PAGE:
International co-operation is vital to make vaccination, as a public good, available to all.
To the virus, we are all one herd. To beat it, we must act as one community
Dr Tedros Adhanom Ghebreyesus, director-general of the World Health Organization
Scientists are performing magnificently in developing vaccines against the SARS-CoV-2 virus with unprecedented speed, but Big Pharma is calling the shots and governments are being left to squabble over what are, to begin with, inadequate supplies. Vaccine nationalism is rearing its ugly head, with devastating consequences for poorer countries and eventually for the whole world.
The moral and humanitarian case for fair access to vaccination is obvious and so is the public-health case: where vaccines are scarce, there will be more cases, each one an opportunity for the virus to continue to mutate, as all RNA viruses do. This means new variants could emerge which are different enough from the original virus that existing vaccines won’t work against it them. If those circulate widely, people who have been vaccinated will once again be susceptible to severe illness and death.
In normal times, vaccines are not major money-spinners for pharmaceutical companies, which can make much larger profits from medicines that people take daily for long periods rather than one- or two-shot immunisations. Vaccines for germs that are not now circulating, and may never emerge, make no money at all—and with virtually all late-stage vaccine development now done by private pharmaceutical firms, when the pandemic emerged vaccine preparedness was limited.
Other coronaviruses, such as SARS and MERS, had already warned of the danger from this family of viruses, and the WHO put them on a priority list for developing vaccines. But with no severe coronavirus circulating except occasional, limited outbreaks of MERS, it was far from clear there would ever be a market for such a vaccine. So apart from a little public-private funded work on MERS, and some government-funded university research on the viruses, market forces prevented the development of vaccines—and anti-viral drugs—for coronaviruses.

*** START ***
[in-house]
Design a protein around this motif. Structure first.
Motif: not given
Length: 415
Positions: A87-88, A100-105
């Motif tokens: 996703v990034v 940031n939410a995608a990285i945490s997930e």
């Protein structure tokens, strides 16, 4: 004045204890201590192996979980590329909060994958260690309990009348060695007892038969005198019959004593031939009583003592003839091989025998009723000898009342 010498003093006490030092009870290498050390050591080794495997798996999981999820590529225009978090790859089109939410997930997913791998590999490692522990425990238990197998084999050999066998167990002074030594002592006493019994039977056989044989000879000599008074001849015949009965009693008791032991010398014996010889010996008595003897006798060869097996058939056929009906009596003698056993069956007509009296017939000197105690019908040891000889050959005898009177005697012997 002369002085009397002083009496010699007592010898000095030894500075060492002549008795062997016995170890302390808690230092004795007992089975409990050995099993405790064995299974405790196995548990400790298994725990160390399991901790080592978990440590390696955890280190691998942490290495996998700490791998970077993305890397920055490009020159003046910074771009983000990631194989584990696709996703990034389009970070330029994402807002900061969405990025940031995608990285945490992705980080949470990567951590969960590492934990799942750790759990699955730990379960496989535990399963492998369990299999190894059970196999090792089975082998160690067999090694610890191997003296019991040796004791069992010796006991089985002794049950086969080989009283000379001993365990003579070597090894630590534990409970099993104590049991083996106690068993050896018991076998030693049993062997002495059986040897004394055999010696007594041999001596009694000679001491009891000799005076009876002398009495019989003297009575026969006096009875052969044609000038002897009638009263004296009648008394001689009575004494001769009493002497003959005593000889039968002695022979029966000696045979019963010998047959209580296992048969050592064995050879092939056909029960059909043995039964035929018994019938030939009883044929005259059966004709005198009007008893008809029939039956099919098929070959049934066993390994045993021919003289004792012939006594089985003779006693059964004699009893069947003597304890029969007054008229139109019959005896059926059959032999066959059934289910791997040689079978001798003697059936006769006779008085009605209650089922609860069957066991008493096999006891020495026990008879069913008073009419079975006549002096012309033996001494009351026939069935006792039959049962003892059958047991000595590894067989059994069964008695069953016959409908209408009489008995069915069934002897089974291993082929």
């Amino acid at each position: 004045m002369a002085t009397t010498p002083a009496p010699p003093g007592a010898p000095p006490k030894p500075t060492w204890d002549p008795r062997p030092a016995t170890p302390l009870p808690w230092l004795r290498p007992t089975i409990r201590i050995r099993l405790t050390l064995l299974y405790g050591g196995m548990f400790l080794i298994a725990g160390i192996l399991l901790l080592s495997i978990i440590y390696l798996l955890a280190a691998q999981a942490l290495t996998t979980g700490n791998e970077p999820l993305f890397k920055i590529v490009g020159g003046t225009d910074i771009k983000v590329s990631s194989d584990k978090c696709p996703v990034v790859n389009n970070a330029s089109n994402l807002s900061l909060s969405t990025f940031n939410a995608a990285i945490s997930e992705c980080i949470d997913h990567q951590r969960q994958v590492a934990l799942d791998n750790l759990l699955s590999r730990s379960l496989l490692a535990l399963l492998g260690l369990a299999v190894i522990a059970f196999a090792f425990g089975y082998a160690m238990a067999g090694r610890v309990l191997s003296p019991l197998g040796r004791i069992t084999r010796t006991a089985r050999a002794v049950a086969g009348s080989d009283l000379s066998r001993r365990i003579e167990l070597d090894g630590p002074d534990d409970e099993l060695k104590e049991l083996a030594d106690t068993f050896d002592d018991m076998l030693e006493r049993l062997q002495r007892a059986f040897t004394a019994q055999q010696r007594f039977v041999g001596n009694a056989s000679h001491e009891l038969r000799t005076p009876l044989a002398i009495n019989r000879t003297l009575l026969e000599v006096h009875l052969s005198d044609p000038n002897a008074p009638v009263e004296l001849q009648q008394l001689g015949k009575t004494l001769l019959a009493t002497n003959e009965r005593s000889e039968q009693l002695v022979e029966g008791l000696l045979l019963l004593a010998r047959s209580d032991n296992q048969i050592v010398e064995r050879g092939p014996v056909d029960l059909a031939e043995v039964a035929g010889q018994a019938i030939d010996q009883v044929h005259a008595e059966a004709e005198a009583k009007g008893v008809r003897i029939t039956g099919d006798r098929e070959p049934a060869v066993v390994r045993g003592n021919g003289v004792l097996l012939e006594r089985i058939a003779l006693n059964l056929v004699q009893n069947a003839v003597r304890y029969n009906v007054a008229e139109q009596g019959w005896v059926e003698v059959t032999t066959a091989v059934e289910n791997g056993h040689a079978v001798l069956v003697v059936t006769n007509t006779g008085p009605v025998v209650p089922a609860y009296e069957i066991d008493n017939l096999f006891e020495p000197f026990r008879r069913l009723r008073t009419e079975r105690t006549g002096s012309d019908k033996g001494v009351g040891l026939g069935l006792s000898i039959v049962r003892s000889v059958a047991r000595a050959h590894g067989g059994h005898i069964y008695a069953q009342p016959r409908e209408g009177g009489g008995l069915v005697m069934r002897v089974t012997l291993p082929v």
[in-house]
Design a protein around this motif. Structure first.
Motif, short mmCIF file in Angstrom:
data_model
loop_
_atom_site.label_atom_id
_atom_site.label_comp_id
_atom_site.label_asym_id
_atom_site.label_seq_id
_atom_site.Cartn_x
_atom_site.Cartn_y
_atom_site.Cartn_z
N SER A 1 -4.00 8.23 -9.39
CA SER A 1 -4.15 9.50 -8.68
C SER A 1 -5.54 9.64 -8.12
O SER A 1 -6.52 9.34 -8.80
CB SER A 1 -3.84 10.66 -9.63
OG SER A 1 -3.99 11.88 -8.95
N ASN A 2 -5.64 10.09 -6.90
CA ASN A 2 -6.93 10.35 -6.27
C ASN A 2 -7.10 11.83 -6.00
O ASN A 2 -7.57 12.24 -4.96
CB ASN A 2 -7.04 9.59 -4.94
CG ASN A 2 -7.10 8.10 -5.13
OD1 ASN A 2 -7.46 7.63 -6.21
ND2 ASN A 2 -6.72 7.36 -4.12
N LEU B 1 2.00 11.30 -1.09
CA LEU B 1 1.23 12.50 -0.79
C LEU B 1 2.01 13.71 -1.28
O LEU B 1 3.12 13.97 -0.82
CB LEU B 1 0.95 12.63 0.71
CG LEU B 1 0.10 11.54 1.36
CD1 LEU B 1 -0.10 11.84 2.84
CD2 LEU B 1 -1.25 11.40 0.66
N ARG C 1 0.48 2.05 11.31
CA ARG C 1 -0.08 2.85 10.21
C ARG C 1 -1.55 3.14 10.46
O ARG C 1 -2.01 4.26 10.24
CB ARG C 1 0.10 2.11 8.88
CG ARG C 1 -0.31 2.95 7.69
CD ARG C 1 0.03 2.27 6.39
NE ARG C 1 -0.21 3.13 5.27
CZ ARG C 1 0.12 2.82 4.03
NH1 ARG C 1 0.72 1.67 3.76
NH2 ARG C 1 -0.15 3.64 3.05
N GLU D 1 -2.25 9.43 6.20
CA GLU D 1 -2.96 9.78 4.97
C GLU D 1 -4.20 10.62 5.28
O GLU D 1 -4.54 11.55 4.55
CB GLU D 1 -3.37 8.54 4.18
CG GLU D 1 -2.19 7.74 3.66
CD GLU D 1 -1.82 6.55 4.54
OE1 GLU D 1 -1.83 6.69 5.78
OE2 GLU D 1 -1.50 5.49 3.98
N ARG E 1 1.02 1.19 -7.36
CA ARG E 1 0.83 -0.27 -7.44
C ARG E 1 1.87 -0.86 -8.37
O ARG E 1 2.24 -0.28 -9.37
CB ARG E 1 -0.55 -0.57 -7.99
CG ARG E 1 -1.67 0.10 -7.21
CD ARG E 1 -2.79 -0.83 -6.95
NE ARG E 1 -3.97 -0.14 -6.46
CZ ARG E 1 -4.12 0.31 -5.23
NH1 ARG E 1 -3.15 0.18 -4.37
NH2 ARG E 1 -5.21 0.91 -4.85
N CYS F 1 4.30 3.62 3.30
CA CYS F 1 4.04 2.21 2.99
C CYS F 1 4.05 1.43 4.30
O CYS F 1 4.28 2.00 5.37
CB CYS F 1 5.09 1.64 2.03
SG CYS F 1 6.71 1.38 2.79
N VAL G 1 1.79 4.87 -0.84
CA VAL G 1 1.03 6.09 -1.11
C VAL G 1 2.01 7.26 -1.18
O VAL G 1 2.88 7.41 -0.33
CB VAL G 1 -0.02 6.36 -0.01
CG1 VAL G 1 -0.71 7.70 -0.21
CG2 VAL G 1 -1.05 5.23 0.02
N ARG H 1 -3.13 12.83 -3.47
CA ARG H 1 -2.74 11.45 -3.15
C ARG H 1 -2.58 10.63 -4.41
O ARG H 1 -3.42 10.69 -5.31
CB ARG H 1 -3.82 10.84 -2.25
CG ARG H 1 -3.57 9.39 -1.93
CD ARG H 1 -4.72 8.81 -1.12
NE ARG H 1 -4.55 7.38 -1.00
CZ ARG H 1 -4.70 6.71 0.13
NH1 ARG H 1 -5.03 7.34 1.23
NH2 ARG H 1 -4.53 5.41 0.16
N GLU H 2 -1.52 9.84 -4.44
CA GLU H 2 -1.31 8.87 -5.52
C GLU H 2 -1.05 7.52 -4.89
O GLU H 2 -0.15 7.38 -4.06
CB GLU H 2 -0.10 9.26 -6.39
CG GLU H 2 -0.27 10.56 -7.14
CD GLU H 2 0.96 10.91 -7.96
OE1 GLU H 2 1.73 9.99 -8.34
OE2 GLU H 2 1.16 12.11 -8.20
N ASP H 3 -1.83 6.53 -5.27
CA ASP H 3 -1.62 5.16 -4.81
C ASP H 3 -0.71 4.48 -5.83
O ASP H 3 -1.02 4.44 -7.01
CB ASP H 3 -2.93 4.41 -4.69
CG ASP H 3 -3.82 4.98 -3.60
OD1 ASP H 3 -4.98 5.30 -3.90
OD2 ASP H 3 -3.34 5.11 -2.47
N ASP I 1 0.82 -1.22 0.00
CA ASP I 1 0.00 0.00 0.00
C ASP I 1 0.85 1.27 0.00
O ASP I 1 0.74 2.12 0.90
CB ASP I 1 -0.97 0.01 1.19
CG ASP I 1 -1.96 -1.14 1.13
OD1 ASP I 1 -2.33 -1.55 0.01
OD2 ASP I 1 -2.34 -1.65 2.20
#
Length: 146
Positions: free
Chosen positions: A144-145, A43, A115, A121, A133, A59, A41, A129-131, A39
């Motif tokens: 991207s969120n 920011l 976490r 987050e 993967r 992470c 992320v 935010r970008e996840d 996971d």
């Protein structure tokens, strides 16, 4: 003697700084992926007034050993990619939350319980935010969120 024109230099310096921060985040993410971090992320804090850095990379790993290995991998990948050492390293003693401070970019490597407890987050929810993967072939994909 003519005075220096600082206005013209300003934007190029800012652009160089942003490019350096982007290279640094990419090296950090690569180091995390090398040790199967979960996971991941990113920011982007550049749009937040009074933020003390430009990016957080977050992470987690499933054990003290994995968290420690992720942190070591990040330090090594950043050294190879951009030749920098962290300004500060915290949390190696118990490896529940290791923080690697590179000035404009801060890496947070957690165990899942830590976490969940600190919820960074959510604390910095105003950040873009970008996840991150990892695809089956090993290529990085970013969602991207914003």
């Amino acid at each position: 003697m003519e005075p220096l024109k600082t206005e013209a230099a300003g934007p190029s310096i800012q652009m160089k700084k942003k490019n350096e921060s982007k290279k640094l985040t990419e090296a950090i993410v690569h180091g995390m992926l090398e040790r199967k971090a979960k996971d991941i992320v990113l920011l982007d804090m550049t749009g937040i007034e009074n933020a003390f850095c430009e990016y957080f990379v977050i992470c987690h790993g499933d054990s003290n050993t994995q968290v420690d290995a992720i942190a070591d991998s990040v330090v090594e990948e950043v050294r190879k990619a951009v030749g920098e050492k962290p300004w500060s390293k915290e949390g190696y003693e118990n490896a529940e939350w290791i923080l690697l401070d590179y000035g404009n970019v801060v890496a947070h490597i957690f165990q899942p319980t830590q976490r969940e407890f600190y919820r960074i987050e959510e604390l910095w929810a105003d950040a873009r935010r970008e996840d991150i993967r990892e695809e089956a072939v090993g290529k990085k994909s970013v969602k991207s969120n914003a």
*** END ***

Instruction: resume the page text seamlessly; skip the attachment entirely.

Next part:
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Huge injections of government money into companies after Covid-19 emerged changed that and, along with the vaccines already approved, dozens more are under development and assessment, many capitalising on university work. So pharmaceutical companies benefit from publicly-funded university research, government subsidies and of course profits on sales—although some companies are pledging to provide vaccines at cost as long as the pandemic lasts.
That’s difficult to quantify, however, since the companies insist on secrecy in contracts with governments. In one case, South Africa is paying twice the price per shot that the European Union pays, apparently because South Africa did not subsidise development of the vaccine. Others, including companies making the new mRNA jab, will profit from sales.
The Covax facility exists to provide equitable access to vaccines. Some 190 countries are paying into it, so that it can buy and fairly distribute two billion doses by the end of this year. Richer countries are entitled to receive doses via Covax but many are not claiming their allocations, to free up supplies for poorer nations.
Canada has caused outrage by claiming 1.9 million doses in the first round of distribution and now has enough vaccines on order to cover its population nearly ten times. That is the case in many rich countries: because orders were placed before we knew which vaccines would work, several countries over-ordered in case only one was effective.
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Yet many vaccines were, so they now have more than they need and are expected to turn over surplus purchase contracts to countries with shortfalls—once their population is vaccinated. But it isn’t clear if that means their whole population or just people at most risk of dying. If it’s everyone, rich countries might be vaccinating people at low risk while unvaccinated people at high risk are still dying of Covid-19 in poor ones.